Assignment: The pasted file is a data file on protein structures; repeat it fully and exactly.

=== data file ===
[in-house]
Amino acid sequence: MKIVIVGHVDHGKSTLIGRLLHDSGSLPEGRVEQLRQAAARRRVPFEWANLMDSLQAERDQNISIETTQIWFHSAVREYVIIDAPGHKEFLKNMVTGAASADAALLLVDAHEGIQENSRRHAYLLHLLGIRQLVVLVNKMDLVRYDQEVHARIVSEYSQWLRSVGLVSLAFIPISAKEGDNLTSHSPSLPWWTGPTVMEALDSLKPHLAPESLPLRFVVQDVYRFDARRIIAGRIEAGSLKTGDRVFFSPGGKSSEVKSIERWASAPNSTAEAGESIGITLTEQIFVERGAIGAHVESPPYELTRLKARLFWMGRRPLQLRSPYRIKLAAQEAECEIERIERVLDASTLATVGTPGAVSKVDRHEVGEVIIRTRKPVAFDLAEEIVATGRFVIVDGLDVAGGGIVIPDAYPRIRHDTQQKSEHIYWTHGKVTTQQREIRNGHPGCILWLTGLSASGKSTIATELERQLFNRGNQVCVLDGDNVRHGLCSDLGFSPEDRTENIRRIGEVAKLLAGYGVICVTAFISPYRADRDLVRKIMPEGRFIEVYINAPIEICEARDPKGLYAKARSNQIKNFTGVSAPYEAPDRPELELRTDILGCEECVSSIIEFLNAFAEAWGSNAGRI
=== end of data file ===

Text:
[in-house]
Amino acid sequence: MKIVIVGHVDHGKSTLIGRLLHDSGSLPEGRVEQLRQAAARRRVPFEWANLMDSLQAERDQNISIETTQIWFHSAVREYVIIDAPGHKEFLKNMVTGAASADAALLLVDAHEGIQENSRRHAYLLHLLGIRQLVVLVNKMDLVRYDQEVHARIVSEYSQWLRSVGLVSLAFIPISAKEGDNLTSHSPSLPWWTGPTVMEALDSLKPHLAPESLPLRFVVQDVYRFDARRIIAGRIEAGSLKTGDRVFFSPGGKSSEVKSIERWASAPNSTAEAGESIGITLTEQIFVERGAIGAHVESPPYELTRLKARLFWMGRRPLQLRSPYRIKLAAQEAECEIERIERVLDASTLATVGTPGAVSKVDRHEVGEVIIRTRKPVAFDLAEEIVATGRFVIVDGLDVAGGGIVIPDAYPRIRHDTQQKSEHIYWTHGKVTTQQREIRNGHPGCILWLTGLSASGKSTIATELERQLFNRGNQVCVLDGDNVRHGLCSDLGFSPEDRTENIRRIGEVAKLLAGYGVICVTAFISPYRADRDLVRKIMPEGRFIEVYINAPIEICEARDPKGLYAKARSNQIKNFTGVSAPYEAPDRPELELRTDILGCEECVSSIIEFLNAFAEAWGSNAGRI